Monday, 3 December 2012

Do something! -- 2012 Japan Election Diary: Day 17

Click here to go to Day 1 of the 2012 Japan Election Diary.

The children cheered and the mothers cooed as I walked steadily past the soccer practice with a five-meter long bamboo trunk balanced on my shoulder.

It was 10am on a Sunday morning and I was already exhausted from marching up and down a hill just outside my daughters' elementary school where a lumberjack was felling bamboo. This grove of bamboo was one of my favourite aspects of the neighbourhood, sitting atop a winding single-track road that led down into a valley where the cherry blossoms would cover the schoolyard in a carpet of pink and white every April. Now, in early December, the road was covered in the golden brown and red leaves of neighbouring maples shedding their colours for winter.

Today the brightest red was of the masking tape tied around the trunks of the bamboo to mark which ones would be cut down by chainsaw. And here I was complicit in their destruction, an accomplice in this crime against nature.

The trunks of the bamboo, even fully grown, aren't that heavy, being basically hollow inside, but they are very hard and strong and truth be known, I was enjoying this rare moment to be thought of as having some skill other than being able to read English newspapers and understand Beatles lyrics. Yes, hard and strong, not bookish and odd. A manly man. I'm a lumberjack and I'm all ri...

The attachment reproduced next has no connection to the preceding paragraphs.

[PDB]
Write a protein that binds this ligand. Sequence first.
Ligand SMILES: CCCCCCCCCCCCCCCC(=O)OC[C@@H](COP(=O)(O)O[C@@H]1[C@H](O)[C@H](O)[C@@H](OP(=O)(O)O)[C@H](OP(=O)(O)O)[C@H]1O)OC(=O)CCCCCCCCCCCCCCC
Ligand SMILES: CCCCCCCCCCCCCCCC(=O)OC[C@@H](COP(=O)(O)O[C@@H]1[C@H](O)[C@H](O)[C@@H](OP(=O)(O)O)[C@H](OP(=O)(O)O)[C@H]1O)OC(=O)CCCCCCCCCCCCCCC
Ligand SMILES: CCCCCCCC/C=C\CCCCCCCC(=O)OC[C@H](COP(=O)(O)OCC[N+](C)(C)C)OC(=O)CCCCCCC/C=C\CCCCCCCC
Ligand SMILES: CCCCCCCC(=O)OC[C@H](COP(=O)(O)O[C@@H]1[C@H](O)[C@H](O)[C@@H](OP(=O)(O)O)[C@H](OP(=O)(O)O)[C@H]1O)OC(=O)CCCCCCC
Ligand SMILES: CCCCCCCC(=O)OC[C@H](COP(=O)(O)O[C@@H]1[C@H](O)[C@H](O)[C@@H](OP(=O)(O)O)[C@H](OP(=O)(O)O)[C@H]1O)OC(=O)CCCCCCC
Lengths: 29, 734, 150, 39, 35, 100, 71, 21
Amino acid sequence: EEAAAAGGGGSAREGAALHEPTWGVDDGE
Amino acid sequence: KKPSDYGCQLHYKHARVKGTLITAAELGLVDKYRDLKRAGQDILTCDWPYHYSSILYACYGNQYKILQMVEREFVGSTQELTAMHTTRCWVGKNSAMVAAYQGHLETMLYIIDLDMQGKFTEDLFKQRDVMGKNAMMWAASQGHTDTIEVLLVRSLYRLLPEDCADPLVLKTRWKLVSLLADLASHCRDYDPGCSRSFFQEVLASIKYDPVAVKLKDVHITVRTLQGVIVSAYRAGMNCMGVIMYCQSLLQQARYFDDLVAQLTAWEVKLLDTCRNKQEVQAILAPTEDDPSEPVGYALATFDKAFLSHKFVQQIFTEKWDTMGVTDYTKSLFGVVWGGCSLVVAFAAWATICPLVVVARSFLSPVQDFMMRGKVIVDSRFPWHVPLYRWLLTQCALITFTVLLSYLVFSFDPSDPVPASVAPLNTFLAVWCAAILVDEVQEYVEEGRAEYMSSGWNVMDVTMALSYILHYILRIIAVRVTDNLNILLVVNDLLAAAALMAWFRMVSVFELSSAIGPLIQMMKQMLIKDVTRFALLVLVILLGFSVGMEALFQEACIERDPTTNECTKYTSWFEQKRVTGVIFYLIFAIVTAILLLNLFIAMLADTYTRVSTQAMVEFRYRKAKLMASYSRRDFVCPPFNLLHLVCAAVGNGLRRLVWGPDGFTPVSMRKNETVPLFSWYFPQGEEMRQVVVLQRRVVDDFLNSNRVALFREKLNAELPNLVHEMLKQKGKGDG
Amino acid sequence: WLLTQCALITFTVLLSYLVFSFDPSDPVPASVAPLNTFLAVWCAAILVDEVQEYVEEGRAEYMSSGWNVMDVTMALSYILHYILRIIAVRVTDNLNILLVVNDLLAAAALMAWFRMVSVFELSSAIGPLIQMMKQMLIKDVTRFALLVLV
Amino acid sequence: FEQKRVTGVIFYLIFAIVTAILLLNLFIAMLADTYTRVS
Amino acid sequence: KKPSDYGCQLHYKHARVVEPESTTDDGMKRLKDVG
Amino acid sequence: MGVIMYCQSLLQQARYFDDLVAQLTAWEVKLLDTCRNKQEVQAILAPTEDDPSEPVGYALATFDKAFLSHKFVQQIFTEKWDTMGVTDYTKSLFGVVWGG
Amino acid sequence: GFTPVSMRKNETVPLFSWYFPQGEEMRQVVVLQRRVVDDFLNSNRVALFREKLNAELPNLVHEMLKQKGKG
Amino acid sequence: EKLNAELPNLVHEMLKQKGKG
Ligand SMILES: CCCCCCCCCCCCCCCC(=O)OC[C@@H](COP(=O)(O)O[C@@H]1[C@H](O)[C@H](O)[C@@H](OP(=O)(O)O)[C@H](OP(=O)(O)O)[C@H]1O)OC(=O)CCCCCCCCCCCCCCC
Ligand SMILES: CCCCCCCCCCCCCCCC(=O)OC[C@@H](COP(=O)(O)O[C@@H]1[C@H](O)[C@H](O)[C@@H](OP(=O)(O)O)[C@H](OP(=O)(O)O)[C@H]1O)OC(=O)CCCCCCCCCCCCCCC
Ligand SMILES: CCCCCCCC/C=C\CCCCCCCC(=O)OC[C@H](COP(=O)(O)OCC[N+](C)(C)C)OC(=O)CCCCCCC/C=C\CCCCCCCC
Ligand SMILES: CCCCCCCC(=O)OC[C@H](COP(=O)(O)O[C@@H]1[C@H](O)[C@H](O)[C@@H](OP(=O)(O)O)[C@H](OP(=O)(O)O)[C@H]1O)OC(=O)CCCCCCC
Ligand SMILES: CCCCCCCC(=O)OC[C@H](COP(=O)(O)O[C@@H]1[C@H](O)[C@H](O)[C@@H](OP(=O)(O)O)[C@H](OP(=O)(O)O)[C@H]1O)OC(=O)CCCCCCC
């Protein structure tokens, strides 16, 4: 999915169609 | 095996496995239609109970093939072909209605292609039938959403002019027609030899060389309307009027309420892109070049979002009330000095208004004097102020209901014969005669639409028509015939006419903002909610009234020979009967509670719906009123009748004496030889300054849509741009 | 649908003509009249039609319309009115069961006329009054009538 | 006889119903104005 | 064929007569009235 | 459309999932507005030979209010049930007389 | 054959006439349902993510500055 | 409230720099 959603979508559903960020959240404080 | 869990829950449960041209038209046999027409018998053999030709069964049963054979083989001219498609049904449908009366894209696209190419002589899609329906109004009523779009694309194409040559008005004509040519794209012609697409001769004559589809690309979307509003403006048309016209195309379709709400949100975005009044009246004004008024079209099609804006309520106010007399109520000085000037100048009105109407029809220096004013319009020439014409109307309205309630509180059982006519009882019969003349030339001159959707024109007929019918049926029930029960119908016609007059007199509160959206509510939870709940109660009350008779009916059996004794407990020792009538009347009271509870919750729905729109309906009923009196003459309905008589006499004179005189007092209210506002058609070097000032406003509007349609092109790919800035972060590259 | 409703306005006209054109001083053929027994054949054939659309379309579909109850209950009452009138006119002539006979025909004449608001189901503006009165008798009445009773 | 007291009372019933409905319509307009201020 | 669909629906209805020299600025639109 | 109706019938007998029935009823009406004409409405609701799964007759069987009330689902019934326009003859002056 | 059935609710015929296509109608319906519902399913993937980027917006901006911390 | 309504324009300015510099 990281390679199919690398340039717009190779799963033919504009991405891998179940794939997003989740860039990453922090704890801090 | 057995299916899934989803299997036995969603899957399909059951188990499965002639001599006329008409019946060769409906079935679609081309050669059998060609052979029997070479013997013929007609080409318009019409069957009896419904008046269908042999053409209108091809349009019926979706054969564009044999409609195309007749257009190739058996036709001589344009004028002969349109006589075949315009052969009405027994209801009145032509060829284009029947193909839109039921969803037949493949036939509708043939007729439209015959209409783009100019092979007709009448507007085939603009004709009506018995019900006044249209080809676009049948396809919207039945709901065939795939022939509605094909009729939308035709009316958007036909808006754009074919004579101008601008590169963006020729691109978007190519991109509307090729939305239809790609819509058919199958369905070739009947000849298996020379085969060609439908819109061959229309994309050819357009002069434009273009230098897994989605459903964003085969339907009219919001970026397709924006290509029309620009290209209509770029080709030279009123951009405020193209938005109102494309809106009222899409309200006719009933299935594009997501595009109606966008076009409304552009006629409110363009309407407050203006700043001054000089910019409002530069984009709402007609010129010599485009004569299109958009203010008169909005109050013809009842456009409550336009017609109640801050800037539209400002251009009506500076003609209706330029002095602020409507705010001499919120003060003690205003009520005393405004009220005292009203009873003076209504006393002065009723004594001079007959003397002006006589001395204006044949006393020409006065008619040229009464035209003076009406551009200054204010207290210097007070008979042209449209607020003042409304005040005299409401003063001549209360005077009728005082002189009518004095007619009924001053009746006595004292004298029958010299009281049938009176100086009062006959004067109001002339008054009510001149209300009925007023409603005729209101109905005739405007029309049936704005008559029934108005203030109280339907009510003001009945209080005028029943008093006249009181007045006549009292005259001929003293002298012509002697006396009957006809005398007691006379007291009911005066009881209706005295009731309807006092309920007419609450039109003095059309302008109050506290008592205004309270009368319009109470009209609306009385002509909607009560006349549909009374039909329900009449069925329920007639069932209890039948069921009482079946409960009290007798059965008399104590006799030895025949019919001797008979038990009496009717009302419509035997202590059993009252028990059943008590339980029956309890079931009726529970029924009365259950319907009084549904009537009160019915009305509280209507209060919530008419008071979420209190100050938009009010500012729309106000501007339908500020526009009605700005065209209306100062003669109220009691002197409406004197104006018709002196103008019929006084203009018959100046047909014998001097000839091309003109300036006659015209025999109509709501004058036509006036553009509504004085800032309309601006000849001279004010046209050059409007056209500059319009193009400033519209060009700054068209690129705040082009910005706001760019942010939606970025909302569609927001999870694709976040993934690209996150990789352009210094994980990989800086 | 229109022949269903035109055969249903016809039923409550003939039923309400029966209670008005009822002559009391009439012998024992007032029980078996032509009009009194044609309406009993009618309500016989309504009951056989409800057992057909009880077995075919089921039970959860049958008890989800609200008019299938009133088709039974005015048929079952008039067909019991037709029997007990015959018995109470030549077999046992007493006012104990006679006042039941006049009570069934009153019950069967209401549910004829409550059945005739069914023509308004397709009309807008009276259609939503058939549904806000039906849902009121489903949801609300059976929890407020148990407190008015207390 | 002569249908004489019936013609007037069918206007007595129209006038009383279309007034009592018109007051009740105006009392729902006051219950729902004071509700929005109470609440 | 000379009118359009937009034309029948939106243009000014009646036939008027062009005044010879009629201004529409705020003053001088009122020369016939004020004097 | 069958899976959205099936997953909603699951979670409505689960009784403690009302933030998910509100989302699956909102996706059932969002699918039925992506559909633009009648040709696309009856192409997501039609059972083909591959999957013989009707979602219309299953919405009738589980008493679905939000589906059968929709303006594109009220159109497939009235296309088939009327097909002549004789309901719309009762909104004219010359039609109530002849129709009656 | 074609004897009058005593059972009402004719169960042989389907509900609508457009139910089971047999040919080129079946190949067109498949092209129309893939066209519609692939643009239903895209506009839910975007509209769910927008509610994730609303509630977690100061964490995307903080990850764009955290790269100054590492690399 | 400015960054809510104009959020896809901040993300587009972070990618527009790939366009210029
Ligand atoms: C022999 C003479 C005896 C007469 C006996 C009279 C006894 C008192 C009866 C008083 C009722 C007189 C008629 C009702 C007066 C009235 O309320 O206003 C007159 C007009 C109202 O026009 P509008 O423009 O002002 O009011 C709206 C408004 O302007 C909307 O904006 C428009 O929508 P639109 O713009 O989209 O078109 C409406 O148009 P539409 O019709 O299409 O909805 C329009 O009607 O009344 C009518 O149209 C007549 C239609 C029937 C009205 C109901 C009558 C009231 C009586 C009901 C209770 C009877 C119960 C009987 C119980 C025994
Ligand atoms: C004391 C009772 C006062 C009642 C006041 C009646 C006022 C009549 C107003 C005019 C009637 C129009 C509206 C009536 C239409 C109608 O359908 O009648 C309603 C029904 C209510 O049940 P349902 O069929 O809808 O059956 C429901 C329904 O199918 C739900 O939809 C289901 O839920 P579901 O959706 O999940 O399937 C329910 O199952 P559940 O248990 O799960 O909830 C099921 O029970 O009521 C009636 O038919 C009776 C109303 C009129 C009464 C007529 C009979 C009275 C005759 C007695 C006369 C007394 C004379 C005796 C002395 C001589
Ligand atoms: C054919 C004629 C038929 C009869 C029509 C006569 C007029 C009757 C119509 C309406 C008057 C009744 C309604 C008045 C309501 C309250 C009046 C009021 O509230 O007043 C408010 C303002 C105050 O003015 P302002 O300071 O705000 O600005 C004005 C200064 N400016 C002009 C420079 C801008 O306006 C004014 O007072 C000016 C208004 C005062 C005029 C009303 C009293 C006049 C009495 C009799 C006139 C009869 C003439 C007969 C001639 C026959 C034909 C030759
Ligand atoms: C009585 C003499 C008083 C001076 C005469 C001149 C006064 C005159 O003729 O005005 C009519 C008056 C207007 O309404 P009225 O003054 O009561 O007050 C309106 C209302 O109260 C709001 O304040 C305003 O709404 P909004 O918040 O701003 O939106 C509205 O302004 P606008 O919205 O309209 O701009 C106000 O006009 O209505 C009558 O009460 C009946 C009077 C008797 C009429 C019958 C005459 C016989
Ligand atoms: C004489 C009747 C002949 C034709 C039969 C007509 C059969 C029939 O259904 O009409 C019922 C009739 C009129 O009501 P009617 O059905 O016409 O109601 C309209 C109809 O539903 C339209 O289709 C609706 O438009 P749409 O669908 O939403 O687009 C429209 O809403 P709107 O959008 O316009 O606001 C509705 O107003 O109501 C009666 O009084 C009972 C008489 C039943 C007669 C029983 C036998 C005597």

"How do you say chikan in English?"
"Chikan, er, bad sexy man?"
"Oh. I guess we'd say groper, or flasher."
"Gu-ro-pa? Fu-ra-sha?"
"The general term is pervert."
The chikan was the reason we were all there. A month ago a man had exposed himself to three elementary school girls walking home along the ridge. They were unharmed but ran back and told the teachers. A second sighting of a man hiding in the bamboo was reported the following day. Parent-teacher patrols were sent out and for a week all children walked home in groups led by teachers until the threat was thought to have passed. The headmistress, the PTA and the land owner all agreed something had to be done. Florescent signs were put at the top of the road: "Danger! Chikan!"
The fate of the bamboo was sealed.

This blog series
 is now a great
 book. Honest.
Cleaned up and
 all presentable,
Guts Pose: Diary of a
 Japanese election
 gone bad
features a previously
unpublished afterword
 by me and foreword
by Michael Cucek.
You can buy it here.
I had joined two dozen parents and off-duty teachers for three hours of hard labour. We transformed the teacher's parking lot into a makeshift lumber yard. The men did the heavy lifting, carrying the bamboo carcasses down the steep slope into the parking lot, while the women set to work on the trunks with machetes and saws, stripping them of their chutes and leaves.

Where once the bamboo had towered over the ridge, in three hours we had turned it into a lifeless clearing, like an angry mother nature had stubbed her cigarettes out in the ground. There'd be no hiding place for chikan here. Or anything.
"I feel sorry for the bamboo," I said to a neighbour as we manhandled one of the larger trunks together.
"Ha ha, you are always so funny."